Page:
2. I agree with you, but unfortunately things have got so bad that being a person of any class who is too sick to work makes you a target for serious bashing. I am a proper middle class type (who was often accused of being posh back home, but no one here realises Northern Irish people can have class differences…) and since I’ve become ill, I’ve just become generic scum.

      I’m glad I have a fantastic education to help me deal with all the forms, but none of my achievements mean anything to anyone anymore. Going to prep school wasn’t me being entitled. It’s claiming sickness benefits of £91 a week that’s entitled according to the people I meet. I think I prefer it when people mocked my accent and tthe fact I rode horses. It was much more character building. (Which Benedict might find useful what with being an actor?)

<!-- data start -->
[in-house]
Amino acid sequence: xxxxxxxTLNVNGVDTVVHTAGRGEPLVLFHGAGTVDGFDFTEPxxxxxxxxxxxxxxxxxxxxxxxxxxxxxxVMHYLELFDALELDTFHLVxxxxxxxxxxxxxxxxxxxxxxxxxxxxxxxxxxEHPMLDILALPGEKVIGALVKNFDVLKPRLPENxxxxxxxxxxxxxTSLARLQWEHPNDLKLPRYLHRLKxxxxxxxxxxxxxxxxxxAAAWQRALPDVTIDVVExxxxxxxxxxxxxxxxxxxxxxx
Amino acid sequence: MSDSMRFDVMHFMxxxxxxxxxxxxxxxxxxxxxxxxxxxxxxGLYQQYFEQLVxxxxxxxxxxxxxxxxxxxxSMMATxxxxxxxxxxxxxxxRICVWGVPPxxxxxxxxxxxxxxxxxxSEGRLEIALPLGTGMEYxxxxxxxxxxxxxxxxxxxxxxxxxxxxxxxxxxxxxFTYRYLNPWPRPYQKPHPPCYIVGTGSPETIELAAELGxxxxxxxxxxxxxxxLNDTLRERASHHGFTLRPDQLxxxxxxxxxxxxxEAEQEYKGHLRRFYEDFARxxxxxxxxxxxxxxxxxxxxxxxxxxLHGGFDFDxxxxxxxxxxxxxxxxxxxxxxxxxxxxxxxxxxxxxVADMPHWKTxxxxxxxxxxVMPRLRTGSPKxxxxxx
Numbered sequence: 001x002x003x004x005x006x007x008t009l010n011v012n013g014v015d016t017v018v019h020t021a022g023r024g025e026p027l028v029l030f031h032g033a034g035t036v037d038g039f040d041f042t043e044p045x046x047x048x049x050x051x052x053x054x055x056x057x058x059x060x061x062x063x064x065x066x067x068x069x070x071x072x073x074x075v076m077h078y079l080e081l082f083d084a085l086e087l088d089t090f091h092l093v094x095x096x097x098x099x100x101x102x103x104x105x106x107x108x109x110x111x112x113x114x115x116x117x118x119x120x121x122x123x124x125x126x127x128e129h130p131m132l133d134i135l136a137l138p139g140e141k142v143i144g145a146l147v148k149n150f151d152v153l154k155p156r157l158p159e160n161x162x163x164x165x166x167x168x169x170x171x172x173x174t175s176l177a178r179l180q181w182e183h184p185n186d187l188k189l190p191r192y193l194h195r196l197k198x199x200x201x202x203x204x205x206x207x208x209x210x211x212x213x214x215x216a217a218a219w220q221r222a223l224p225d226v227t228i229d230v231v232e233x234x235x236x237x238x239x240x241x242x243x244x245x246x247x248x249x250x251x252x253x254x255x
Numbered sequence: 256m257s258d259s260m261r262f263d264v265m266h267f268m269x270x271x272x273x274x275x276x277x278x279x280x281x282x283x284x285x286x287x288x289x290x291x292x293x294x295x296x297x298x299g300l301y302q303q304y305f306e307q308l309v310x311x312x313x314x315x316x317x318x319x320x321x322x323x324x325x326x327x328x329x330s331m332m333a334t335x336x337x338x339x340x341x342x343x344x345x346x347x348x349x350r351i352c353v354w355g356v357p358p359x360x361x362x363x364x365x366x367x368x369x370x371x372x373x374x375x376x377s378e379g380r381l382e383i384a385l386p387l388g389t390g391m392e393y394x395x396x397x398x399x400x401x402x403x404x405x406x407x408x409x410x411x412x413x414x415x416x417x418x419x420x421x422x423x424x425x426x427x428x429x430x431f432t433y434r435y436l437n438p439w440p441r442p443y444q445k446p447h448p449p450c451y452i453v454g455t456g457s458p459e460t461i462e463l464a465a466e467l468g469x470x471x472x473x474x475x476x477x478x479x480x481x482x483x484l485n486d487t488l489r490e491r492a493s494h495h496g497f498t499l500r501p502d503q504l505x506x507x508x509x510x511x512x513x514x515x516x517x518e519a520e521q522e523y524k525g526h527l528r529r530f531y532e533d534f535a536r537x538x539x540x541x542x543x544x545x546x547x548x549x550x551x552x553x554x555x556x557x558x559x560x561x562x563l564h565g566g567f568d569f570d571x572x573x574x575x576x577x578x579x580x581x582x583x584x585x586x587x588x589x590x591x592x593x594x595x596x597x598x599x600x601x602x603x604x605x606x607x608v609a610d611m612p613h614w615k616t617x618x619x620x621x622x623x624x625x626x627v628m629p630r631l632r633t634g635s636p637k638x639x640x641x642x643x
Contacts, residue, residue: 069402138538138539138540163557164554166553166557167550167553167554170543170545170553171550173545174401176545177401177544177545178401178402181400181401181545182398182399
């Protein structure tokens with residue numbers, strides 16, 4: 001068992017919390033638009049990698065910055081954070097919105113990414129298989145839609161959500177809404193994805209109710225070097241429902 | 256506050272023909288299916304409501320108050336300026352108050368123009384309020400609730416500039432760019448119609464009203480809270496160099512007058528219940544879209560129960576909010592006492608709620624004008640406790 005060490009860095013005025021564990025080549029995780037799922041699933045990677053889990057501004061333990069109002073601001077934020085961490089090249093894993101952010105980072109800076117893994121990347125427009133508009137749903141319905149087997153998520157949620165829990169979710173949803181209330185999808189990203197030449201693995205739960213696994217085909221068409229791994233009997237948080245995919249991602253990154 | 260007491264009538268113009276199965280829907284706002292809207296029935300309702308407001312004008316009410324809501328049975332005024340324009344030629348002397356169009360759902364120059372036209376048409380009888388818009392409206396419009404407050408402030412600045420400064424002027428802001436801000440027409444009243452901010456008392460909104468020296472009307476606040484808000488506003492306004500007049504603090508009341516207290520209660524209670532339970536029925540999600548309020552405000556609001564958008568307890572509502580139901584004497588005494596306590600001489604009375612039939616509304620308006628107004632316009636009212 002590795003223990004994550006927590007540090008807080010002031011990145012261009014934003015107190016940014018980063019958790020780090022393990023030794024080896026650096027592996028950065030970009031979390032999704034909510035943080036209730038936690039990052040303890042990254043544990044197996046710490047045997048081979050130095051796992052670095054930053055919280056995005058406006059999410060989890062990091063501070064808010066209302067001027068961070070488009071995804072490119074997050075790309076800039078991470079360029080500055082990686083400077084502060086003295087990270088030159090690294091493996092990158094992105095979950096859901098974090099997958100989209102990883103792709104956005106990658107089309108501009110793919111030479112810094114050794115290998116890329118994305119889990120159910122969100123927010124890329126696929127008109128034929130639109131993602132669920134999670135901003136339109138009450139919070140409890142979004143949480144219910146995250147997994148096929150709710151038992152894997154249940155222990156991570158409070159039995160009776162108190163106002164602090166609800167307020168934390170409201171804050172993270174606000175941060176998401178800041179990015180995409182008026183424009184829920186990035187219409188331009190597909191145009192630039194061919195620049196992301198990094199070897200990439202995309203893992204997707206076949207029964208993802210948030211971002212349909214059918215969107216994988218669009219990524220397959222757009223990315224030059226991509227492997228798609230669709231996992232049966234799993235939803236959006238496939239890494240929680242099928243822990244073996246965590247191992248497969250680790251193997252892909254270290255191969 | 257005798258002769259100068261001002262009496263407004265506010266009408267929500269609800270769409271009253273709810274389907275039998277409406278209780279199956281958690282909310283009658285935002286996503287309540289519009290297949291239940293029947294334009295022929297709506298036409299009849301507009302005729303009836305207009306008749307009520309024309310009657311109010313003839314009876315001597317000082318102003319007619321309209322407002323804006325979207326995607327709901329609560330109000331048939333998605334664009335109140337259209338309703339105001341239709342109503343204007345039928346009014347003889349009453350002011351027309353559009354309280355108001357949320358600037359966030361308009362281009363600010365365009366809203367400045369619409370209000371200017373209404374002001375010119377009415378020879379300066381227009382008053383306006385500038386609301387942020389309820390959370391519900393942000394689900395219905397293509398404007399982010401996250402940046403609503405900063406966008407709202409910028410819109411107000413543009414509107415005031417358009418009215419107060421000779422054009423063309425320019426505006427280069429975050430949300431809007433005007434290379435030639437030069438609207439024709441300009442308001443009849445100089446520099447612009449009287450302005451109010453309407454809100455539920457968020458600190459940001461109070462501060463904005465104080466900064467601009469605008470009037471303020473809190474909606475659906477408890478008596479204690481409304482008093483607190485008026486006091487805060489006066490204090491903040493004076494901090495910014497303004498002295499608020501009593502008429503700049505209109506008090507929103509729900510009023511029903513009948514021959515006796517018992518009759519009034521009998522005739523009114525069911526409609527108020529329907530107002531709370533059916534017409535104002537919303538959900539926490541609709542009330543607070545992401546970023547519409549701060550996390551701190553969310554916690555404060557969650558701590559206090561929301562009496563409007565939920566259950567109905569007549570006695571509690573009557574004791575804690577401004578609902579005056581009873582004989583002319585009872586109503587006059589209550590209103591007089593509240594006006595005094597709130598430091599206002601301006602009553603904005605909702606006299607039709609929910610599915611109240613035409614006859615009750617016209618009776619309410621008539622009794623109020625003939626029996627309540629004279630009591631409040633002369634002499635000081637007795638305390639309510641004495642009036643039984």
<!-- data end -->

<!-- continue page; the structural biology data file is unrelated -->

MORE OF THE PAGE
1. I’m sorry you’ve had to put up with so much crap – it is remarkable what now seems to constitute having an unfair advantage (perhaps if we all try harder to be rich and healthy we can fully understand Benedict’s pain).